Now We can Live Outdoors as Much as We Want to
This garden is now so bright, it’s hard to imagine that it was ever the dark, uninspiring space that Amy and Fraser Claxton were first faced with when they bought their Victorian house in Dulwich, London, back in 2014. “When we first moved in, the garden was very bland with no colour,” remembers Amy. Uncared for, the north-facing garden was heavily overgrown. “There were Amy’s dream garden came together in just three months cobwebs everywhere and it always seemed to be so dark out there. It wasn’t a pleasant place to be,” Amy recalls. Having moved house because they needed more space, it seemed criminal to not be able to use the large, 13.5m-long plot. But work had to wait until the house renovations were complete. “We did the house up first, and then turned our attention to the garden,” says Amy.
And with a stunning new kitchen complete with bifold doors that throw the house open to the outside, the pressure to transform the garden into a useable space was on. Amy and Fraser started their search for a suitable designer. Having lived in the same area for 13 years, the couple recognised a garden designer’s branding that they’d seen on various vehicles. “We wanted a designer with knowledge of how to work within The Dulwich Estate. This is a conservation area so there are stricter laws in place for planning and building,” says Amy. That designer was Kate Eyre of Kate Eyre Garden Design (eyre-design.co.uk) and, as soon as they met her, Amy and Fraser knew she was the right person for the job. The garden presented quite a challenge. “It was a bit of a mess!” admits Kate. And Amy and Fraser had high expectations for a design that would transform it into an open, modern outside living space for themselves and their three children. The family love being outdoors, whatever the weather, and enjoy eating and entertaining al fresco, so it was important that the garden included a variety of seating areas that could be used in spring, autumn and winter as well as through the summer, day and night. It also needed to cater for the needs of the family pets: a sausage dog called Slinky, a lizard named Zuko and turtle Leroy.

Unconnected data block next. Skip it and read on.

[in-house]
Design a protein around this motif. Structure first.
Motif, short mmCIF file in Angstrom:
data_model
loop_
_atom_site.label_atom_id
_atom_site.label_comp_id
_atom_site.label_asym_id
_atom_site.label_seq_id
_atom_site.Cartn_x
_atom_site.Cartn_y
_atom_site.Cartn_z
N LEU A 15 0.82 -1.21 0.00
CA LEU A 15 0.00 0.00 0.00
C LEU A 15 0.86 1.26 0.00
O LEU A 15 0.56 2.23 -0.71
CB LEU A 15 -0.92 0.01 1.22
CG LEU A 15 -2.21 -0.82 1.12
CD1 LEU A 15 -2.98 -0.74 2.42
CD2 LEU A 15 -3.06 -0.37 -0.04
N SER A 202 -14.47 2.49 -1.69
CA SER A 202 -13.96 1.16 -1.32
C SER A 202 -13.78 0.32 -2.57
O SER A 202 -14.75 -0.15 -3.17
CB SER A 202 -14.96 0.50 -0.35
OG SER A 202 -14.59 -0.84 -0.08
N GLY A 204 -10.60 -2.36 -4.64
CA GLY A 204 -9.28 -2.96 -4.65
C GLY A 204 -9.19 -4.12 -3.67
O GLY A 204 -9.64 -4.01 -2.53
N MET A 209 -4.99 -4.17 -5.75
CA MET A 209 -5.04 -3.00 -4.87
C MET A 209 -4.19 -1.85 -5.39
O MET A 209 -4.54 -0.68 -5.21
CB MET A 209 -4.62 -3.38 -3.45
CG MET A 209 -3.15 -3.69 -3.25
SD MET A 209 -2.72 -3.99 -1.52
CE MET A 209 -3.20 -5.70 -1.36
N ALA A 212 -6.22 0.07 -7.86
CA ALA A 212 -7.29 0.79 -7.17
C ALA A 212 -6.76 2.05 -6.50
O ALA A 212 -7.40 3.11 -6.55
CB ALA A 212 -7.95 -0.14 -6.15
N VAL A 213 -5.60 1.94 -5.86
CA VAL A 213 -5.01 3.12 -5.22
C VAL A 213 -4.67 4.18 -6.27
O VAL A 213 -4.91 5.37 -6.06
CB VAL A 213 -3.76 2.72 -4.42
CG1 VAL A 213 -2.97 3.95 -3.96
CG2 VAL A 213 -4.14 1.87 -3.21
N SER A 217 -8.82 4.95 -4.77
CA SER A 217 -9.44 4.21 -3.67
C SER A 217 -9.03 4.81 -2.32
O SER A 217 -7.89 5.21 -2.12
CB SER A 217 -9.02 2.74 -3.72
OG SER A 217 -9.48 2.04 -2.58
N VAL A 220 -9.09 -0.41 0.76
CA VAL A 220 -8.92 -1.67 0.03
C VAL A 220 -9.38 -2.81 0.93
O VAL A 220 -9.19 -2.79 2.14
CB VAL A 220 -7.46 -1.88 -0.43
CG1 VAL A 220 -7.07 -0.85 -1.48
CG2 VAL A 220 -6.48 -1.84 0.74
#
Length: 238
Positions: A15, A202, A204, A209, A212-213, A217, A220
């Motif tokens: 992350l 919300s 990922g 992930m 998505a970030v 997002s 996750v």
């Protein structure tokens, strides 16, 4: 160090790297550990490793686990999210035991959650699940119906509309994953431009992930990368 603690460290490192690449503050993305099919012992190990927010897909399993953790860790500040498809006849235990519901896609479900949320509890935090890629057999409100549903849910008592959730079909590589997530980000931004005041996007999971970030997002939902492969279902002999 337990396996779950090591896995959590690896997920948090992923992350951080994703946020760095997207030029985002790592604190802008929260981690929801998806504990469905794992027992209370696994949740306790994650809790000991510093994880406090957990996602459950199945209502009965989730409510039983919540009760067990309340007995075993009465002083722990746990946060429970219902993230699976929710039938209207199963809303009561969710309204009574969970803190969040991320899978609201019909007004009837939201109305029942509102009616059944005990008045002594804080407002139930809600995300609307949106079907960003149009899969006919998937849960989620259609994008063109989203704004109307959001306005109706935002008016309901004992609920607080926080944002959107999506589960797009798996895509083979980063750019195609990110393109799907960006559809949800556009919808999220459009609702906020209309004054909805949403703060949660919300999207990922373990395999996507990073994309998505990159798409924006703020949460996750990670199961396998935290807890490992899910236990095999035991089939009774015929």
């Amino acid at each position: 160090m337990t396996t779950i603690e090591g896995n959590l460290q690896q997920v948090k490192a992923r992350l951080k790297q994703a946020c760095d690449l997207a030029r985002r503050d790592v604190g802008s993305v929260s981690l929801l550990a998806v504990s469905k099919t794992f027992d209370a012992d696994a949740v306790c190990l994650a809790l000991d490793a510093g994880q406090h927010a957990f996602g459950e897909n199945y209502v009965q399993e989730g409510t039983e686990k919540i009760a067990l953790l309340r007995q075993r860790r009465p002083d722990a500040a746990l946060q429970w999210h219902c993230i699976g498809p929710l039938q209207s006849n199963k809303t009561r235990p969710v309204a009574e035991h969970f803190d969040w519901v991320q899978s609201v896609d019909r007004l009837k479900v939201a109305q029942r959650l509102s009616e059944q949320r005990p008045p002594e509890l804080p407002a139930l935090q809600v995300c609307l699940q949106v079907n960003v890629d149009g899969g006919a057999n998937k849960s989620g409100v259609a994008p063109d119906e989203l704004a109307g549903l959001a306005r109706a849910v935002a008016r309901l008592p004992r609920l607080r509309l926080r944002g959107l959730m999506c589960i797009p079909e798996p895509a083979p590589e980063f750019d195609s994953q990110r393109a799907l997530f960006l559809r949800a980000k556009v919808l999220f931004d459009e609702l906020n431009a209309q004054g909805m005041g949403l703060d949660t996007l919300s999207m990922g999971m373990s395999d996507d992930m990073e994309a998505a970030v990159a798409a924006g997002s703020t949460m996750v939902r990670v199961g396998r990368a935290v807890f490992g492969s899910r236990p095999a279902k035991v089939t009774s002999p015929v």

GARDEN GYM GOALS
Amy and Fraser wanted to build a huge garden room to be used as a gym, so the overall design had to include and work around it. “When we spent two years living in Madrid as a family, we got used to spending even more time outside,” says Amy. “We also got used to having a gym there, so we wanted to have some workout space here too.” Measuring 4.7 x 3.6m, the garden gym would take up nearly 15% of the available ground-space. “The building had to be placed a metre away from all boundaries to meet the planning restrictions and so it didn’t encroach on the neighbours,” says Kate. The positioning of the gym left a narrow strip at the rear of the garden, running alongside the building. Rather than use it as a f ti l space to store bikes or firewood Kete The positioning of the gym left a narrow strip at the rear of the garden, running alongside the building. Rather than use it as a f ti l space to store bikes or firewood created a lovely nook with seating and a fire pit, ensuring the garde could be used year-round. “I love that area at the back it’s just so cosy,” says Amy. “And now that the planting has matured, it feels really private. In winter, we toast marshmallows, and I take myself off down there all year-round for a nice gin and tonic after a hard day.